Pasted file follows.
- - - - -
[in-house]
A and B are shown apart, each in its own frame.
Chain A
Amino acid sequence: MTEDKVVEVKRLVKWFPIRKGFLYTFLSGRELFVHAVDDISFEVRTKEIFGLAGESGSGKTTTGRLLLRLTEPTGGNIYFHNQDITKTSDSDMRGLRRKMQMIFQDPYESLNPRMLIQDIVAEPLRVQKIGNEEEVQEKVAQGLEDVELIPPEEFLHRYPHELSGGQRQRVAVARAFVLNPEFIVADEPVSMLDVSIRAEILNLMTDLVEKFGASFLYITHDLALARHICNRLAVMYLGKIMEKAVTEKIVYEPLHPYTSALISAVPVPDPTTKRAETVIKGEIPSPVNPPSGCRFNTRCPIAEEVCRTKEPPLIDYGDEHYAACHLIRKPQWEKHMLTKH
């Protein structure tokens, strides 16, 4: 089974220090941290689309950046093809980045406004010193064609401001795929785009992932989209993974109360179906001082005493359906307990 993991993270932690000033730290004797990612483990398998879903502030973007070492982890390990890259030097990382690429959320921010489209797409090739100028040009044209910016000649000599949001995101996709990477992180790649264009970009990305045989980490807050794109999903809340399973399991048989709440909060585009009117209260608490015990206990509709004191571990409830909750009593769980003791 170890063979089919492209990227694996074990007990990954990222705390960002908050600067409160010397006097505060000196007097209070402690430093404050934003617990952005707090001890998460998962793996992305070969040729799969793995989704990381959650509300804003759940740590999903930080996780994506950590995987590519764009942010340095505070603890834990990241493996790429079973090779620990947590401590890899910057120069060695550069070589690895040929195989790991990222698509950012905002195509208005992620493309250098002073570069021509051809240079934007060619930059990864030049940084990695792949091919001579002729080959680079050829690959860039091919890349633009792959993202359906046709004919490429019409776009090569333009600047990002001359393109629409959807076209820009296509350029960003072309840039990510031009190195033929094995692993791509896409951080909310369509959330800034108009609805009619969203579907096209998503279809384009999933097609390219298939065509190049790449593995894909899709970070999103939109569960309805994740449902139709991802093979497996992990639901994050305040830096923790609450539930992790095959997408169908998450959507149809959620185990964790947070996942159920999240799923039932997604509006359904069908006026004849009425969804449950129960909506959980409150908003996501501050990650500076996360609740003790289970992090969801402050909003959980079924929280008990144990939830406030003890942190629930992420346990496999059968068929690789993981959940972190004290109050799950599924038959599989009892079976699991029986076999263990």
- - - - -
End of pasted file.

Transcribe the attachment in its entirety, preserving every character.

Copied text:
[in-house]
A and B are shown apart, each in its own frame.
Chain A
Amino acid sequence: MTEDKVVEVKRLVKWFPIRKGFLYTFLSGRELFVHAVDDISFEVRTKEIFGLAGESGSGKTTTGRLLLRLTEPTGGNIYFHNQDITKTSDSDMRGLRRKMQMIFQDPYESLNPRMLIQDIVAEPLRVQKIGNEEEVQEKVAQGLEDVELIPPEEFLHRYPHELSGGQRQRVAVARAFVLNPEFIVADEPVSMLDVSIRAEILNLMTDLVEKFGASFLYITHDLALARHICNRLAVMYLGKIMEKAVTEKIVYEPLHPYTSALISAVPVPDPTTKRAETVIKGEIPSPVNPPSGCRFNTRCPIAEEVCRTKEPPLIDYGDEHYAACHLIRKPQWEKHMLTKH
């Protein structure tokens, strides 16, 4: 089974220090941290689309950046093809980045406004010193064609401001795929785009992932989209993974109360179906001082005493359906307990 993991993270932690000033730290004797990612483990398998879903502030973007070492982890390990890259030097990382690429959320921010489209797409090739100028040009044209910016000649000599949001995101996709990477992180790649264009970009990305045989980490807050794109999903809340399973399991048989709440909060585009009117209260608490015990206990509709004191571990409830909750009593769980003791 170890063979089919492209990227694996074990007990990954990222705390960002908050600067409160010397006097505060000196007097209070402690430093404050934003617990952005707090001890998460998962793996992305070969040729799969793995989704990381959650509300804003759940740590999903930080996780994506950590995987590519764009942010340095505070603890834990990241493996790429079973090779620990947590401590890899910057120069060695550069070589690895040929195989790991990222698509950012905002195509208005992620493309250098002073570069021509051809240079934007060619930059990864030049940084990695792949091919001579002729080959680079050829690959860039091919890349633009792959993202359906046709004919490429019409776009090569333009600047990002001359393109629409959807076209820009296509350029960003072309840039990510031009190195033929094995692993791509896409951080909310369509959330800034108009609805009619969203579907096209998503279809384009999933097609390219298939065509190049790449593995894909899709970070999103939109569960309805994740449902139709991802093979497996992990639901994050305040830096923790609450539930992790095959997408169908998450959507149809959620185990964790947070996942159920999240799923039932997604509006359904069908006026004849009425969804449950129960909506959980409150908003996501501050990650500076996360609740003790289970992090969801402050909003959980079924929280008990144990939830406030003890942190629930992420346990496999059968068929690789993981959940972190004290109050799950599924038959599989009892079976699991029986076999263990």